We, Sri Lankans have fought among ourselves so many times when we should have been united. Subsequent to receiving Independence, at a time when unity was paramount for the development of the country, we started to bicker over language and sowed seeds for a thirty-year war.
Some of us found holes in the first ever development scheme after Independence, the Gal Oya irrigation project and made it a platform for communal discord. Lately, at a time when we had to join hands against the terrorists who killed around 300 innocent men, women and children on Easter Sunday last year, some of us attempted to alienate a section of Sri Lankans by spreading hatred against them.
Now, again we are encountering a situation where we might wipe out a sizable number of our fellow-citizens from the surface of the earth, unless we unite forgetting all racial, religious, caste, political and ideological differences. The rapidity of the spread of the COVID-19 outbreak and the toll it has been taking even in developed countries such as Italy demands a concerted and united effort by people in individual countries in particular and the world in general to protect the lives of people across the world.
The current threat by the latest member of the coronavirus family is not an issue over which we can or should find excuses to fight each other, seeking economic or political gains. Nothing would justify selfishness, or selectivity on the part of individuals or communities or countries in facing this calamity, as the wave of coronavirus is rolling over the surface of the globe like a worldwide tsunami. It has left no community on the basis of race, religion, region or colour. Starting to eat up the Mongoloids in the East, it has now transcended the geophysical barriers and invaded the other two races of mankind, the Caucasoid and Negroid. Only nine out of 197 countries (including the Vatican City, Palestine, Taiwan and Kosovo which are not UN member countries) had been left by Sunday by what the World Health Organisation called last week the “defining health crisis of our times.”
Since the first coronavirus patient was detected in Wuhan city in China until March 11 when the first local COVID-19 case, the tour guide was found in Sri Lanka we, including the authorities were under a false belief that we were safe and everything was perfect, despite a Chinese woman infected with the virus having toured several areas in the country. However, now it is clear that by then something had seriously gone wrong which had resulted in the detection of COVID-19 cases on a daily basis ever since. What is worrying is the fact that more than half of the positive cases detected since are domestic infections which could have been averted.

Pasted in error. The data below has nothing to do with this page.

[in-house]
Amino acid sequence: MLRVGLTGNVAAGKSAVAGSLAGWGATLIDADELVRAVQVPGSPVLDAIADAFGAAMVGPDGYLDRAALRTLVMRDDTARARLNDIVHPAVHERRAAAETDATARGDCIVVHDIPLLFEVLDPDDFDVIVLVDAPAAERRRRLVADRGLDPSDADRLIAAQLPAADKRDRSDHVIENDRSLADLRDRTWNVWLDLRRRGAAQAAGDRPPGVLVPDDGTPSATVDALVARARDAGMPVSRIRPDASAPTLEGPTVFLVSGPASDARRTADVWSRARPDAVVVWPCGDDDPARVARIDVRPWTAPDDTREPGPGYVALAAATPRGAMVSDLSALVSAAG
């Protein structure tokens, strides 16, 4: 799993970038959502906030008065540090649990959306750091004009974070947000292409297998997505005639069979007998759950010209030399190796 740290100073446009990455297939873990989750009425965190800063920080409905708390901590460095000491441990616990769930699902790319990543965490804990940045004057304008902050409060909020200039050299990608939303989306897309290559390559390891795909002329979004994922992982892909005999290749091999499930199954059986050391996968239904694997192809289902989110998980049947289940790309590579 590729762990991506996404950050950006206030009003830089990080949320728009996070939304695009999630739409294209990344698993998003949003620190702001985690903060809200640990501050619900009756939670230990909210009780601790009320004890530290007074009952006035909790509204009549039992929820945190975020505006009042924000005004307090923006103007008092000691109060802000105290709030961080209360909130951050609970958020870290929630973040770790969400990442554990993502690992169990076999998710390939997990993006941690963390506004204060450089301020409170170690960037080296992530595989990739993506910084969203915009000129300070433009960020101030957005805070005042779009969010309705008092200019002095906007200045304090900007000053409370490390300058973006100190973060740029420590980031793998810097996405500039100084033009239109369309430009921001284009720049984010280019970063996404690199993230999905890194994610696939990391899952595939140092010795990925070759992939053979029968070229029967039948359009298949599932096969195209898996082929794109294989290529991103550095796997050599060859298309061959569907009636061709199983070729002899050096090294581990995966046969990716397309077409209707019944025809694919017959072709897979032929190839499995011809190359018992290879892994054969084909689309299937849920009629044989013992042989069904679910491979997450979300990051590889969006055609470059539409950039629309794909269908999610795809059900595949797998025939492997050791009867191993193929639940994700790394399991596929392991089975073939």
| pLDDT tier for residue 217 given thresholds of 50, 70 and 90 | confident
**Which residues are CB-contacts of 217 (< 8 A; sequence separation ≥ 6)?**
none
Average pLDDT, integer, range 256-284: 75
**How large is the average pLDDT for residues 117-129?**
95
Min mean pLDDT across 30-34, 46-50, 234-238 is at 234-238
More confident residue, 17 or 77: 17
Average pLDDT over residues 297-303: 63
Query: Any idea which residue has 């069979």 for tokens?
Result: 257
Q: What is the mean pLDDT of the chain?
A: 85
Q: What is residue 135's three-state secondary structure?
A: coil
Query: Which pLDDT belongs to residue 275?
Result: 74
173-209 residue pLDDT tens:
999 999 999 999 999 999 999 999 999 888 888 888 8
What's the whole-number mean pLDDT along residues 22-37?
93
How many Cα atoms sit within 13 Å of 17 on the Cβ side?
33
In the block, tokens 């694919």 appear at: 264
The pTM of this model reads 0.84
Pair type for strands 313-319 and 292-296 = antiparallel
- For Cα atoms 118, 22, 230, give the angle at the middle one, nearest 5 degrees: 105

We started interning people in specially set up quarantine centres only on March 15 until which the foreign and local air passengers arriving in Sri Lanka were just asked to confine themselves in their local destinations for self-quarantine. Subsequent to the first few cases starting with the tour guide were detected the authorities made an open request to those who arrived from overseas between March 1 and 15 to report to the nearest police station. By then they would have mingled with thousands of people. However, nobody, including the Opposition parties can take the moral high ground to blame the authorities for this as they too did not point out or warn about the lapse in time. Besides, self-quarantining is an accepted method across the world. Yet, those who undergo it too should understand the gravity of the situation and be honest at least to themselves.
There is no point in wasting time arguing over the horse that has bolted. The best option for political parties, voluntary organisations, religious organisations and the media is to provide everything possible – physically and intellectually -- to the authorities to wipe out the threat from the shores of the country. The Janatha Vimukthi Peramuna (JVP) has expressed its willingness to help the authorities in whatever way the latter wishes. The corporate sector could also contribute by facilitating the health sector in this time of great need.
The only hitch is that of fixing a date for the general election. If the election is to be held before we conquer the pandemic, the people would definitely politicise it which is disastrous. Hence it is prudent for political parties to agree to hold the election on a later date.